Jimmy Carter wasn’t as bad a president as some on the right make him out to be

Jimmy Carter was president long before I was ever born.

Accordingly, Jimmy Carter the home builder stands out more in my impressions of him than anything else. Which to say, I have an overall favorable inclination toward him because he devoted his post-presidential life to helping people.

Yes, I know the history and the overarching narratives about his time as president — stagflation, the hostage crisis in Iran, conservatives considering him one of the worst presidents in the last century, and so on.

But I thought I’d just point out some of his high points as president.

In his first State of the Union address in 1978, he said, “We really need to realize that there is a limit to the role and the function of government,” continuing, “Bit by bit we are chopping down the thicket of unnecessary federal regulations by which government too often interferes in our personal lives and our personal business.”

Can you imagine a Democratic president talking like that these days?

And it wasn’t just talk. He took action consistent with that message.

That year, he signed the Airline Deregulation Act to encourage greater competition in the airline industry. What was once a limited and not very competitive market became a more competitive one offering more affordable air travel to Americans.

He also signed into law the Staggers Rail Act, which deregulated the nation’s railroad industry, significantly slashing shipping rates.

“By stripping away needless and costly regulation in favor of marketplace forces wherever possible, this act will help assure a strong and healthy future for our nation’s railroads,” Carter said.

He did the same for the trucking industry with the Motor Carrier Act, which in the long run helped benefit both workers and consumers by making it easier for providers to enter the market.

“At its best, the Carter legacy was one of workaday reforms that made significant improvements in American life: cheaper travel and cheaper goods for the middle class,” wrote the Cato Institute’s Gene Healy in 2010 in a fitting summation of the good Carter did for Americans.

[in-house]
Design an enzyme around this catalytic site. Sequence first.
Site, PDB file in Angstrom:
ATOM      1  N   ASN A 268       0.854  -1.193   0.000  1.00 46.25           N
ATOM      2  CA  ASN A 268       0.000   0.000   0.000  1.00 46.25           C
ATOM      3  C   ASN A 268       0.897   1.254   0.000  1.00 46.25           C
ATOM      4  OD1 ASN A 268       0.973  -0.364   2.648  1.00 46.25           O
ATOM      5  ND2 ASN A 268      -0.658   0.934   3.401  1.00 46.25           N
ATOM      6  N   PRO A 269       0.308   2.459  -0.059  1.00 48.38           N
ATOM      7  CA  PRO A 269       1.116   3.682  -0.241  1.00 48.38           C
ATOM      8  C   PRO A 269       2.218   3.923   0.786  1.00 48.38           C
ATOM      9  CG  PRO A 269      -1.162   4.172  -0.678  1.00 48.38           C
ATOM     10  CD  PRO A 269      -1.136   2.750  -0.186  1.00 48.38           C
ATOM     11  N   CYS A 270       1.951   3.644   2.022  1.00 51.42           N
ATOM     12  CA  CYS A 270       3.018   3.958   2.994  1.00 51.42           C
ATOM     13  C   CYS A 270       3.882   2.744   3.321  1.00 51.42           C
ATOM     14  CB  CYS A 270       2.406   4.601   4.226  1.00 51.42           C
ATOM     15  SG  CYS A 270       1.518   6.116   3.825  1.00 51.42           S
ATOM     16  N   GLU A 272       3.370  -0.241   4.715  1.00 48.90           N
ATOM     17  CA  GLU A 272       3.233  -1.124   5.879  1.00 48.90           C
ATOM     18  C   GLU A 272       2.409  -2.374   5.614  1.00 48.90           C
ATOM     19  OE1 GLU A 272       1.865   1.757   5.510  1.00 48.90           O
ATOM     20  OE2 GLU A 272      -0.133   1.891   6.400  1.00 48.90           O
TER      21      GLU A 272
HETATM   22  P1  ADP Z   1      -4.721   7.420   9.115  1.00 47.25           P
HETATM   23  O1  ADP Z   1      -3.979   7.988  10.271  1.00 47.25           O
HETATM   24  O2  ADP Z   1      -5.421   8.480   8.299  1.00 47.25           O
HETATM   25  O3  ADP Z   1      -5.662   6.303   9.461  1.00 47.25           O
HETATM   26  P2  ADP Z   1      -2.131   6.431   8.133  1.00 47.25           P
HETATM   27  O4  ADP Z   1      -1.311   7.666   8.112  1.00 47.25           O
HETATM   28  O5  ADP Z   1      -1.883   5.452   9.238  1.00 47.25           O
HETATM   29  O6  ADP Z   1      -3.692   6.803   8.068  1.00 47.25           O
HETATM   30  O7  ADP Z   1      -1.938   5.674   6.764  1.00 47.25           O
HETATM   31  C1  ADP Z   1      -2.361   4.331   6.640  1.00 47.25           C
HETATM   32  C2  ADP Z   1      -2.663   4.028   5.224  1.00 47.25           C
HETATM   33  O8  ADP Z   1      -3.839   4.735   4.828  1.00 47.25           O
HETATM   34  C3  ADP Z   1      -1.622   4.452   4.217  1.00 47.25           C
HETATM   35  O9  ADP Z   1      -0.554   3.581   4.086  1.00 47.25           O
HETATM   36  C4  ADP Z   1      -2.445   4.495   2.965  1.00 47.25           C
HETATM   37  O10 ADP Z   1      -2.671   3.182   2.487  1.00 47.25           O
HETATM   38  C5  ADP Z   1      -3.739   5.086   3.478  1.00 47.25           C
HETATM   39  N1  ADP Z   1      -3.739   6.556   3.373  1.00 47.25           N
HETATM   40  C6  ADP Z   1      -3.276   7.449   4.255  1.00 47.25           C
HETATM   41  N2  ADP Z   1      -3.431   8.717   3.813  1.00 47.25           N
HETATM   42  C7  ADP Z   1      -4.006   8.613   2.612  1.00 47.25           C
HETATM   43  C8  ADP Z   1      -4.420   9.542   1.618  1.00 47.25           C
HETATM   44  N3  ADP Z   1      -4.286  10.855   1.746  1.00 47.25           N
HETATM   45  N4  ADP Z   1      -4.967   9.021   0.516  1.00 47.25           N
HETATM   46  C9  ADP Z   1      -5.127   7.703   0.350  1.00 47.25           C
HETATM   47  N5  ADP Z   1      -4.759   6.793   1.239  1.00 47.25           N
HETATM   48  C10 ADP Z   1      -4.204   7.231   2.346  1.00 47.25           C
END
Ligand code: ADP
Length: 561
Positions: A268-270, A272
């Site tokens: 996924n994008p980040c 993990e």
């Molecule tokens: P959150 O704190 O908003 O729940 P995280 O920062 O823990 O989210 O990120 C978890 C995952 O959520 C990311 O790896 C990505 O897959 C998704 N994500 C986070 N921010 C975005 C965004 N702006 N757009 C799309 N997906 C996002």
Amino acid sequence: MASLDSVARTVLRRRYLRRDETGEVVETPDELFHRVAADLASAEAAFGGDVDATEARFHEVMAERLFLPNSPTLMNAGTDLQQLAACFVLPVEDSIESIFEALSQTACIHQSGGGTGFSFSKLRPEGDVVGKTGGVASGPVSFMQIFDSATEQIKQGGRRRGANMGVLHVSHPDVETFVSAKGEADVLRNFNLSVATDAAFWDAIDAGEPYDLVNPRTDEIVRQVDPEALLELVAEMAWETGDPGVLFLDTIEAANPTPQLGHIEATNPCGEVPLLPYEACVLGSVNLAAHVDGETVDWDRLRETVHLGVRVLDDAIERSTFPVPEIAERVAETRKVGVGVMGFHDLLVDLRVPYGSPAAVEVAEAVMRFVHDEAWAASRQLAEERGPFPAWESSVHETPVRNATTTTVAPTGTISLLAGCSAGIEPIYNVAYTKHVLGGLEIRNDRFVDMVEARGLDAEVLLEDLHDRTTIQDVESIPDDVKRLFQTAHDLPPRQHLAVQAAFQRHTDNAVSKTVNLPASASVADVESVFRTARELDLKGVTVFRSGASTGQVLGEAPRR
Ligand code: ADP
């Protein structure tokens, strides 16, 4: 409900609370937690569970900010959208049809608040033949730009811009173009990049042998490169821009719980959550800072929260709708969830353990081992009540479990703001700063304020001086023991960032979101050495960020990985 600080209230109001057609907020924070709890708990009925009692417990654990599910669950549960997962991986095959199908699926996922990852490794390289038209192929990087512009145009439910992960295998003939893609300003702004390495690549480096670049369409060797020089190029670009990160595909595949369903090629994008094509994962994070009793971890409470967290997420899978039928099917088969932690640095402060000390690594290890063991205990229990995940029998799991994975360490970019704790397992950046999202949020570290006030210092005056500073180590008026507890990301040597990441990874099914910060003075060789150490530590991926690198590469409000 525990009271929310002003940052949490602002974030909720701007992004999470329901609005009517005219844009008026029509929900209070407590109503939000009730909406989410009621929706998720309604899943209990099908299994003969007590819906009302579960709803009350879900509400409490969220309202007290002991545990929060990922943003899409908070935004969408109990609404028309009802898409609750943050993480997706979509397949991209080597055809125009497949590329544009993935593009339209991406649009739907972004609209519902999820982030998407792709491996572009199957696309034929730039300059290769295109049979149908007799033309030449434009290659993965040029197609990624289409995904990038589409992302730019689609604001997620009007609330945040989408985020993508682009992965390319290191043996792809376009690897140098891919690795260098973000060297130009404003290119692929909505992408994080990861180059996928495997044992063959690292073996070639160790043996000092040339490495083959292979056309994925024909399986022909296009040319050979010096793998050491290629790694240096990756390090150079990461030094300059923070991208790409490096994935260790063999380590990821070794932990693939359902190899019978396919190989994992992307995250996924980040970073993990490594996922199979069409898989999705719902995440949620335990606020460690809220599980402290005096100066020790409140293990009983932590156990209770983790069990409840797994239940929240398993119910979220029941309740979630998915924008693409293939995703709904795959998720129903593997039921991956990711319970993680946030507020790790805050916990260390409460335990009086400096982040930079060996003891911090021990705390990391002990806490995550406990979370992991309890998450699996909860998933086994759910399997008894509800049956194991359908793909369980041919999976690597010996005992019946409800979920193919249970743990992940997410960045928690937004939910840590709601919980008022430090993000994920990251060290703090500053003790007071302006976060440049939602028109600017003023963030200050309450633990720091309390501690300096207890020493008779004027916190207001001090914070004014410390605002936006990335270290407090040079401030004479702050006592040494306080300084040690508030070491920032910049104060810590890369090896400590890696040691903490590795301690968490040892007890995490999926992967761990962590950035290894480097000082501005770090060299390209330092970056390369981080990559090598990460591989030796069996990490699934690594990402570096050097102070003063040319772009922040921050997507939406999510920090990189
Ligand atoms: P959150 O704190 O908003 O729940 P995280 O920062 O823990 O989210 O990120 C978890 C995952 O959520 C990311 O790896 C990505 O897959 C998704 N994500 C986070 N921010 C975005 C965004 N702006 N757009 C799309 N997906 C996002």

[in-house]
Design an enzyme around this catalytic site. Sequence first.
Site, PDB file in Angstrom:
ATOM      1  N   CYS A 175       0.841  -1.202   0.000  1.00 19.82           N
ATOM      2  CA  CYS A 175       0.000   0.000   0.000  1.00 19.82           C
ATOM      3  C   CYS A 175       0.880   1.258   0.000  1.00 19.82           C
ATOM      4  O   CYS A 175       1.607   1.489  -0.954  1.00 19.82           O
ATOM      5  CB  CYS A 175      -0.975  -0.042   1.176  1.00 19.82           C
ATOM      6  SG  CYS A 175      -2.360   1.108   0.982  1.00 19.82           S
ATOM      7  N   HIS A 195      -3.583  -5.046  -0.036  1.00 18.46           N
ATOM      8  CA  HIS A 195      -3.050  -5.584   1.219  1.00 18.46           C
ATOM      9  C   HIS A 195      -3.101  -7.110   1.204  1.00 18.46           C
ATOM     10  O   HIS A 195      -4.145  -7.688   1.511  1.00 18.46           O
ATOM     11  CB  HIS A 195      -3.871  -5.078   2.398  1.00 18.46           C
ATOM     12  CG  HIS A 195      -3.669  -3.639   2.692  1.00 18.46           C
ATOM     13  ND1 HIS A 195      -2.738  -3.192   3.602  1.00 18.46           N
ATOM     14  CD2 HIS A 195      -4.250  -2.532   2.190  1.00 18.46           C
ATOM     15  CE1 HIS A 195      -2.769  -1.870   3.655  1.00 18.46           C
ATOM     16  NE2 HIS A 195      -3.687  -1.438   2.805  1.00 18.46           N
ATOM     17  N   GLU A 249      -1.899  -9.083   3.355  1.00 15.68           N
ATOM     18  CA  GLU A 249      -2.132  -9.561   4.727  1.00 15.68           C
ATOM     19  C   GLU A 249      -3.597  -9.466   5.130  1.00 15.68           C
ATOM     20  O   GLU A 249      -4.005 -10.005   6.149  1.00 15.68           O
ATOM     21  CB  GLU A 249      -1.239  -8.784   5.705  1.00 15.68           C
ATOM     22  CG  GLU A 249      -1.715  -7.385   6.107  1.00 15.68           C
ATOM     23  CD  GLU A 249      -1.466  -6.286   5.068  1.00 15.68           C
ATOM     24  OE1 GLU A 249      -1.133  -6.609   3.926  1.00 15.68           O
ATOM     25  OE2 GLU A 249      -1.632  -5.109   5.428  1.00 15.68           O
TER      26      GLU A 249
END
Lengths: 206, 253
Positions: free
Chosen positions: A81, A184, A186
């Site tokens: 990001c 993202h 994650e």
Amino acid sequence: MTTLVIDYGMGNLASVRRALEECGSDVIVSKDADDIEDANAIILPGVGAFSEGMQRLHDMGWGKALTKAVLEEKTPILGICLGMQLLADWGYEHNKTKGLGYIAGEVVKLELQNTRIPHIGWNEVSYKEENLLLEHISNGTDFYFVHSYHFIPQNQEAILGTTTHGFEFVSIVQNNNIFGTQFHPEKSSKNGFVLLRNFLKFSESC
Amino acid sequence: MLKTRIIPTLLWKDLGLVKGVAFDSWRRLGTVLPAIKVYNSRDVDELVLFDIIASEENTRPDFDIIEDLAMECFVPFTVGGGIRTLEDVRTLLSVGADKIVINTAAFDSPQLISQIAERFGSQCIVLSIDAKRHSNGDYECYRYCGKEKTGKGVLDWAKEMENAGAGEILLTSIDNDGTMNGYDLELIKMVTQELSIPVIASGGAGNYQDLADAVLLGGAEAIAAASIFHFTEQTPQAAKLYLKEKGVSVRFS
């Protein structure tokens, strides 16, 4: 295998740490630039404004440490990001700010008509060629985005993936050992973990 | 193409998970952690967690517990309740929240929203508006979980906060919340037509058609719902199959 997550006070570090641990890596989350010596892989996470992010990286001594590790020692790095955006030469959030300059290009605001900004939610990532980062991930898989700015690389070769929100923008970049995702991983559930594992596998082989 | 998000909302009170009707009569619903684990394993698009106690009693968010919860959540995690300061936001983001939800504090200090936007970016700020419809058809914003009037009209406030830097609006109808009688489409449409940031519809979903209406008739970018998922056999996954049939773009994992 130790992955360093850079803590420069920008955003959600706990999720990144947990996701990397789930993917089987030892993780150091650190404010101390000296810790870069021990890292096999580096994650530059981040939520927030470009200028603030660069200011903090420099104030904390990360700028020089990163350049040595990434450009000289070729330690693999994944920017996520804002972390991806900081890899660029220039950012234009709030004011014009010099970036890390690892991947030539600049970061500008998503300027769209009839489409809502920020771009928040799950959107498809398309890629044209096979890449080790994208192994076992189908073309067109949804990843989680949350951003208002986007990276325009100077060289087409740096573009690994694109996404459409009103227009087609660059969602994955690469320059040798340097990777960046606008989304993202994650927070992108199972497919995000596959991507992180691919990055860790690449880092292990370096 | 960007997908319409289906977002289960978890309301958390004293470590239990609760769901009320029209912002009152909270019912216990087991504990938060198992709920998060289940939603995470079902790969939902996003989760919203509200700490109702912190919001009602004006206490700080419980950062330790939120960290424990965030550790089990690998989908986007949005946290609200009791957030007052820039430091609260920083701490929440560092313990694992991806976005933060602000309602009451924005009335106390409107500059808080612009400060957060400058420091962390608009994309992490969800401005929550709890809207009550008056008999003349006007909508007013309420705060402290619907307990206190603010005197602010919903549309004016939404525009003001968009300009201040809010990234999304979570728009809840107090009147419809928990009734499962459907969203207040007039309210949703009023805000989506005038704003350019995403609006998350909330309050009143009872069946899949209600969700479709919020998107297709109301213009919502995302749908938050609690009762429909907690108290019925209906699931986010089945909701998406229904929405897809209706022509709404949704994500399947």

Just as Carter recognized the harms of government overreach on economic matters, Jimmy Carter was also ahead of his time when it came to drug laws.

“President Carter asked Congress today to abolish all Federal criminal penalties for the possession of small amounts of marijuana,” reported the New York Times on Aug. 3, 1977.

“Penalties against possession of a drug should not be more damaging to an individual than the use of the drug itself,” Carter said. As president, Carter advocated for decriminalization, preferring that civil fines be imposed rather than criminal penalties.

If only his calls were heeded. The criminalization of marijuana, the most popular of the still federally illegal drugs, has been the key driver of the extraordinarily expensive and draconian war on drugs.

Millions of arrests have been arrested for marijuana offenses, mostly for possession, over the decades. Even in 2020, during the coronavirus pandemic and amid broad state-led legalization efforts, authorities managed to make 300,000 arrests across the country for marijuana possession. It’s absurd.

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In 2011, Carter penned an op-ed for The New York Times calling for an end to the global war on drugs, writing, “Not only has this excessive punishment destroyed the lives of millions of young people and their families (disproportionately minorities), but it is wreaking havoc on state and local budgets.”

In the op-ed, Carter advocated the recommendations of the Global Commission on Drug Policy, which has called for an end to criminalization of drugs and a greater emphasis on drug treatment and prevention of drug addiction through honest drug education rather than simplistic anti-drug messaging.

Related: End the war on drugs

About all of this, Jimmy Carter is correct. Unlike many conservatives, he was able to — at times, but not always — recognize overreach of the state into our private affairs could be as harmful as overreach into economic affairs.

Sure, Jimmy Carter wasn’t the greatest of presidents. But he was capable of working across the aisle, recognizing the limits of government action and taking actions that benefit Americans to this day.

For that, he deserves credit and respect.

Sal Rodriguez can be reached at 

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